Monday, 23 February 2009

On blogging

It's a strange thing, to find myself actually the proud owner/author of a blog as opposed to a comfortably anonymous lurker. I've played the latter role for a long time on various blogs, and now I'm childishly excited to finally have my own. However, now that I have it I think I may have developed the blogger's version of stage fright; it's surprisingly difficult to press the 'publish post' button after tapping away into this composition box. Thankfully the course tasks require me to get on with it, but it still feels rather exposed: it's a little like writing the reflective practice journal I produced for my PGCE, but then presenting it not just to my tutor but to the entire world!

It seems to me that anyone taking this on needs to be absolutely sure what the function of their blog is and why they are producing it. Without a definite purpose, a blog turns into either an inadvisably public virtual bits-and-bobs box, or a cavernous expanse of nothing at all. I can think of a couple of reasons why I might create and continue to contribute to a blog - as a space for creative and reflective activity, as a teaching and learning tool, or even as a kind of meeting place for people with the same interests - but I'd need to create these individually and keep them separate. Unless I timetabled in each update, I think they would all come into the 'infrequently updated' category though!

RSS Feeds and readers

Having spent a week exploring RSS (after spending about a year wondering exactly what that little orange icon actually did), I have mixed feelings about this. One the one hand, I have found some great feeds that allow me to find and explore all sorts of new material; it's the kind of effortless 'keeping in touch' and 'keeping up to date' that I used to dream of. Yet, on the other, it's also like drowning; I now have a constant stream of information coming into my reader, and its ever expanding contents are beginning to make me feel as guilty as unanswered email in my inbox does. I simply don't have time to get through it all, and I find the huge quantities of 'stuff' overwhelming. I would prefer it if what comes in could be more easily organised, and perhaps processed a bit by personal settings on the way in. Anything that would keep Google Reader from looking like a disorganised information dump would be good, really!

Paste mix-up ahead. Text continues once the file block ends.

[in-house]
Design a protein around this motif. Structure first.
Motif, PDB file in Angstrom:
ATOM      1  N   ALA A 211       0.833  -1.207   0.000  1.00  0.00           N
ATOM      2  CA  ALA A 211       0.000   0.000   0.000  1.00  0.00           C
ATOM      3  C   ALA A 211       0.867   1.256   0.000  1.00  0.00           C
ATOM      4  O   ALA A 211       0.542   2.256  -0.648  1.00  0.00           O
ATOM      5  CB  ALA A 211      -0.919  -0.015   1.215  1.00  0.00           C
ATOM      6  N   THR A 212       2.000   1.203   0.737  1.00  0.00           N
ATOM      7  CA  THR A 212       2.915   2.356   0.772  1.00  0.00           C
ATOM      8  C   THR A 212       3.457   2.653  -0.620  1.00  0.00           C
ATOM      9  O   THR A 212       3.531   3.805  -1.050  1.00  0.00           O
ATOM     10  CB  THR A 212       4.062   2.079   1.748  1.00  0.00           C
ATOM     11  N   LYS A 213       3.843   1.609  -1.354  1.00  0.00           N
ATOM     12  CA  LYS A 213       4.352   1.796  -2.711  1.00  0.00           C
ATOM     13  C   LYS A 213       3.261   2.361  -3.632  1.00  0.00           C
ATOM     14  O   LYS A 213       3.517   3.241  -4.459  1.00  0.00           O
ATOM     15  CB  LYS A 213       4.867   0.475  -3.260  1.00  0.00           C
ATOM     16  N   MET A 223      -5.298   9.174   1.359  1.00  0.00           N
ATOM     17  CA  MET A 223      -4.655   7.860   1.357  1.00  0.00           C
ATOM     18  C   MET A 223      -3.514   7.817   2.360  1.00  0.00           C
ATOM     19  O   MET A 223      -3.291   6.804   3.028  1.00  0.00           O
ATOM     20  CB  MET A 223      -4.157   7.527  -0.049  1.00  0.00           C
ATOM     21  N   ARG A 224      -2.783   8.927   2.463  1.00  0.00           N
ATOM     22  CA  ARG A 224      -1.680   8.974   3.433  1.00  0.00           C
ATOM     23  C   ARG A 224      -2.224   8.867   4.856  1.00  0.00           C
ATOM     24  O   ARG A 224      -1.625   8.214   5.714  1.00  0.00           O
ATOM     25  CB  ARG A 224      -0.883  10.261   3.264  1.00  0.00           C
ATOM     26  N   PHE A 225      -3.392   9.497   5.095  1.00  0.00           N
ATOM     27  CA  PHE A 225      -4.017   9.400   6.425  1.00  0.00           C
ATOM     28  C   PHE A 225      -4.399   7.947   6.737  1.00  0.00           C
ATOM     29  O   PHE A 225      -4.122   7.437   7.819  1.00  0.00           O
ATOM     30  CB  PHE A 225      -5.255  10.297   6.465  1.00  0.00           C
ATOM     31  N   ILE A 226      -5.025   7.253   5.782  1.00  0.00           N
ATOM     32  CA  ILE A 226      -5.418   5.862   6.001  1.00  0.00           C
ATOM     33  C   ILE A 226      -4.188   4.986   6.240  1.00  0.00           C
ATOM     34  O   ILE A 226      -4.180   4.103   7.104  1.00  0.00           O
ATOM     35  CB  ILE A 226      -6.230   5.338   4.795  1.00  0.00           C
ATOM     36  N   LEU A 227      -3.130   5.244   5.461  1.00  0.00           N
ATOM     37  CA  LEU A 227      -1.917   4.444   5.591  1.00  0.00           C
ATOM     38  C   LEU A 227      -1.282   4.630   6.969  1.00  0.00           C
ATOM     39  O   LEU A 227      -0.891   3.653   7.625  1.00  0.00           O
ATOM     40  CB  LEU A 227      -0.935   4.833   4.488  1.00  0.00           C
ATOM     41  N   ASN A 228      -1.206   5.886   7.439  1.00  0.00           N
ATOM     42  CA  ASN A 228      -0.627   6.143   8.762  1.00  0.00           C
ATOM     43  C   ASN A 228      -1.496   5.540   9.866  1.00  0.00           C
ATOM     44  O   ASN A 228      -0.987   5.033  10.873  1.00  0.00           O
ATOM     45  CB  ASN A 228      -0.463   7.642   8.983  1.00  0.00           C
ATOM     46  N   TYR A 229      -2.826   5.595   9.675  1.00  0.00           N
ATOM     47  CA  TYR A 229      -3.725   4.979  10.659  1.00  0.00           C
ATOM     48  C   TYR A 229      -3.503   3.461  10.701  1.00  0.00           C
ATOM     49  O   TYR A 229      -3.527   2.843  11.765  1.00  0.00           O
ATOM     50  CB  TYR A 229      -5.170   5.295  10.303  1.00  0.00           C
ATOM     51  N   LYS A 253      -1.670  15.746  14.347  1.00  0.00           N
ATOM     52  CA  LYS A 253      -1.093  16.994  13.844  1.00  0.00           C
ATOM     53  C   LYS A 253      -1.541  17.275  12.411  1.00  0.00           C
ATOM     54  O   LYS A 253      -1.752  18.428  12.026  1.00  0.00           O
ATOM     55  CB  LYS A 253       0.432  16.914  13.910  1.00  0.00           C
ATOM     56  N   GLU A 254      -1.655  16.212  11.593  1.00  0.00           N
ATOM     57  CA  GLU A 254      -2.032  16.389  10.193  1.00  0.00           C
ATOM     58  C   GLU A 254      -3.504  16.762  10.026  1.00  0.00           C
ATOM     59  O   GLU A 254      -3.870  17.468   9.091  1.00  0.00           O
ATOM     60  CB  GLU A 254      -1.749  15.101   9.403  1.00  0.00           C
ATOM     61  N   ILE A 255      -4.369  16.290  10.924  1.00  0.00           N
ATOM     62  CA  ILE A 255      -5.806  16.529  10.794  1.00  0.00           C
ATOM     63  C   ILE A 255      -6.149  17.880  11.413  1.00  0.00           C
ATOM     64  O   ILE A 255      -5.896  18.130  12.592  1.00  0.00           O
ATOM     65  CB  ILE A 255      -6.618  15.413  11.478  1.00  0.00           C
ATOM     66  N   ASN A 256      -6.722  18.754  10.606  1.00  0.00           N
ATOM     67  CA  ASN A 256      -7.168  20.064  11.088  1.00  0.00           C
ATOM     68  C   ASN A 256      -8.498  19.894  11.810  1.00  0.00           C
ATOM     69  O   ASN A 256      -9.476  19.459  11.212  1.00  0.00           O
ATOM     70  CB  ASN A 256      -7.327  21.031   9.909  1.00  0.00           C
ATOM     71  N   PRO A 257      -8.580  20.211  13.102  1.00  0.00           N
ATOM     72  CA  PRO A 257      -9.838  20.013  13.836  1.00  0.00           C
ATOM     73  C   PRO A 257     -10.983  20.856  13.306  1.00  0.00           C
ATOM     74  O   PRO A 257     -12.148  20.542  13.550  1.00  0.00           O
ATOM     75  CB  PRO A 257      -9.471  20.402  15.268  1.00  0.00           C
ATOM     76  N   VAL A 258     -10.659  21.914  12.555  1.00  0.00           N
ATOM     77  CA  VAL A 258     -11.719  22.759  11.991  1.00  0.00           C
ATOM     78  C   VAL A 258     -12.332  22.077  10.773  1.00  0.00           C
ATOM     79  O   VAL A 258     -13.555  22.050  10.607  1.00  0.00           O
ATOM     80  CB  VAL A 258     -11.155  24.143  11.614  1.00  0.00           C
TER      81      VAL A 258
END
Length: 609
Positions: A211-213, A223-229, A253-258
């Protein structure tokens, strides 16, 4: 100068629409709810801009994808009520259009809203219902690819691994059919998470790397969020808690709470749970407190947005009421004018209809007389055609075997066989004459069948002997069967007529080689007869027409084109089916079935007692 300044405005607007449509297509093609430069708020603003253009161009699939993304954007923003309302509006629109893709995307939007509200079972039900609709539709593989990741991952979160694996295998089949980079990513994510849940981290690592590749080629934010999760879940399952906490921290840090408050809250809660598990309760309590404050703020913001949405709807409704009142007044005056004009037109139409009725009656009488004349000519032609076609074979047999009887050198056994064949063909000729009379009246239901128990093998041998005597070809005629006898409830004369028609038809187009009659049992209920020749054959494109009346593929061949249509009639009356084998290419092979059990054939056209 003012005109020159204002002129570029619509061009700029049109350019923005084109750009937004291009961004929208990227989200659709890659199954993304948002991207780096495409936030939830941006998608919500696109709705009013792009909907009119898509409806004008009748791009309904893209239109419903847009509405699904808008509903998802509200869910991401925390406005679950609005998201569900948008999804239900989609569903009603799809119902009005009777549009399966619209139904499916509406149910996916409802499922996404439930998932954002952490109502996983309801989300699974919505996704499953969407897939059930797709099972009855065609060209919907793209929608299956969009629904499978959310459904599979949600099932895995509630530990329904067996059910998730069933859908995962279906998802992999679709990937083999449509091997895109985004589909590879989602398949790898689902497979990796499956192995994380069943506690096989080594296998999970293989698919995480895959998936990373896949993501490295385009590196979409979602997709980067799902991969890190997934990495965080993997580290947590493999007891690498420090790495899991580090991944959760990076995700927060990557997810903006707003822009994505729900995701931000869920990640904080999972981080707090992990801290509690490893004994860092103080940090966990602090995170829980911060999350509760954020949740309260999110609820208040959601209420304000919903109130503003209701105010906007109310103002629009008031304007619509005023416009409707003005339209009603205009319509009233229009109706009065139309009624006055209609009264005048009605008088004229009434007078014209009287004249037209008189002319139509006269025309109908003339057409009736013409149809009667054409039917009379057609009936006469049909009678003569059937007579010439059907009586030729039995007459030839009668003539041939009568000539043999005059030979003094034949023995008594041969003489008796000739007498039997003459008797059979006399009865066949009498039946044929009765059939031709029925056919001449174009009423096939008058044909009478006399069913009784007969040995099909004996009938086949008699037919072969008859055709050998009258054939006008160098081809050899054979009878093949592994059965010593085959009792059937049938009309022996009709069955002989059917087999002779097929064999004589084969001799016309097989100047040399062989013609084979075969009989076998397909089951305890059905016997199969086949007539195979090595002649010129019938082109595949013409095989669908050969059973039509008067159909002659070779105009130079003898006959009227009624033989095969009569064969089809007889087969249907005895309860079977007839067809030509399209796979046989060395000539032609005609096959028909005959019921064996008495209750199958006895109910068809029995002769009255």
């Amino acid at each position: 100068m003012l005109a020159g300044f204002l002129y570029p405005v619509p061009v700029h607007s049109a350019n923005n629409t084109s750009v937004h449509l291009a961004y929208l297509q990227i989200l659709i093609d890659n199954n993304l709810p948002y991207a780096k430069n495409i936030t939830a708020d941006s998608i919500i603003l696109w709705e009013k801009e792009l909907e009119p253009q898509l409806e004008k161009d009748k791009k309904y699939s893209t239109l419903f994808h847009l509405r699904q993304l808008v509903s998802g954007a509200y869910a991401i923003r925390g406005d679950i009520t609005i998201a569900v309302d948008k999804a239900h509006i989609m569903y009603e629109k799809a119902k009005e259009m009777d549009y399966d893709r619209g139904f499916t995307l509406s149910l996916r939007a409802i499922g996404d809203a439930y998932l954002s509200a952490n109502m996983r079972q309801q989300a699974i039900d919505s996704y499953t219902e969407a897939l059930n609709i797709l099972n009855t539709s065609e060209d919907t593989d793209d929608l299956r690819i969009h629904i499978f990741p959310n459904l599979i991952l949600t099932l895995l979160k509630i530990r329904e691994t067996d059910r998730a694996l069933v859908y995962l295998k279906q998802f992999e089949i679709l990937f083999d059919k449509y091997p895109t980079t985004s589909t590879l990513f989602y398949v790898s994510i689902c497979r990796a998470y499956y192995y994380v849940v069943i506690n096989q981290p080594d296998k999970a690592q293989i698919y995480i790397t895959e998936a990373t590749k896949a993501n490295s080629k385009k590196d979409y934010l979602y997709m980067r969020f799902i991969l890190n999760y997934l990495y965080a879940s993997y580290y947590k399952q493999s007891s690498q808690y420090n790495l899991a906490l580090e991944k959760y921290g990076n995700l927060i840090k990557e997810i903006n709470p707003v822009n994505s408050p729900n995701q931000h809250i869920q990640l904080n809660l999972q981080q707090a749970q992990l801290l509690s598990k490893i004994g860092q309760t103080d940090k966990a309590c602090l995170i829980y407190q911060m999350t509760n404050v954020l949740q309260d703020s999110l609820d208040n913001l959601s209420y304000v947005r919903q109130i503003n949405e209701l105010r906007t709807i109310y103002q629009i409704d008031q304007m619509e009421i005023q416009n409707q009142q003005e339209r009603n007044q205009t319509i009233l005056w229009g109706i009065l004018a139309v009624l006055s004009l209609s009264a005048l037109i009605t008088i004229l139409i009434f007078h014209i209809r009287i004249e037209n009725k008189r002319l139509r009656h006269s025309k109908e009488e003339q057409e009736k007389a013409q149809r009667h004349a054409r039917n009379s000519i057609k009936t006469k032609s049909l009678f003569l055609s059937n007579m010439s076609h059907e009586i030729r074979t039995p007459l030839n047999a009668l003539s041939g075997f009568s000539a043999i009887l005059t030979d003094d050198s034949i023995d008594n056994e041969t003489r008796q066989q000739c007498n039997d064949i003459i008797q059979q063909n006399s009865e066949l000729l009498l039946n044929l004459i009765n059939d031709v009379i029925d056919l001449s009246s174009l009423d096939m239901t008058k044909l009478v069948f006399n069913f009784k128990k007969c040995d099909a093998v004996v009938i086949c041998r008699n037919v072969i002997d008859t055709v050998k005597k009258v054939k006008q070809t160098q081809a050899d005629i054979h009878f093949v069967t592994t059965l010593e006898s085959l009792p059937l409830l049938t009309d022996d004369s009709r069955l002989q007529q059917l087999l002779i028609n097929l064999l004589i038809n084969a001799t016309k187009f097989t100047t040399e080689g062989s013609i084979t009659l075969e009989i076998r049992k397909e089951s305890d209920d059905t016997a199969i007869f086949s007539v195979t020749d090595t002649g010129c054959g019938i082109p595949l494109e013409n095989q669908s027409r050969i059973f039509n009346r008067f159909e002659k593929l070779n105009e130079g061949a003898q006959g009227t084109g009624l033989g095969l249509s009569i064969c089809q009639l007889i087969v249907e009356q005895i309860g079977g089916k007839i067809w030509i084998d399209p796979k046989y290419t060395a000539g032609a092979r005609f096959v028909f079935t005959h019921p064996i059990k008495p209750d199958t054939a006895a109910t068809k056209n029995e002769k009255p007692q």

I can see how this can really help with subject specific updates in relation to learning and teaching; it would be possible to recommend particularly good sites to students too, and encourage them on the way to the latest on their area. In some situations this could be research-related, and I'm sure that choosing which feeds to pursue and following them on through linked searches and so on could easily be integrated into some kind of explicit EBL environment.
I guess also that if it were set up properly it could be a great way of streaming information through to students; if you had a module or course webpage, this could be a way of ensuring it got to everyone. The downside, of course, would be the necessity for all students to have a regularly checked online identity outside the University system, and I can see all kinds of problems with that, as things are currently set up at least. The University itself, however, could (and probably does!) use RSS for all sorts of things, particularly in disseminating information to potential students, to staff and to the press.

In personal terms, this is another way to get alerts to things which are happening in special interest or hobby areas. The theory (that this means not having to look up sites but having the information brought to you) is fantastic, but again in practice I find the problem is the amount of stuff that comes through. Perhaps I'm supposed to function as my own personal filter, but this seems to me a time-consuming exercise. There is a danger that my Google Reader will cease to be terribly functional for me just because it's so busy to look at, and so full of items all clamouring for my attention. And that's in addition to all these new blogs... Perhaps it helps if you stop sleeping?

Tuesday, 17 February 2009

First Post

This sounds strangely forced, but welcome to my blog! At some stage I'll attempt to write something of more substance...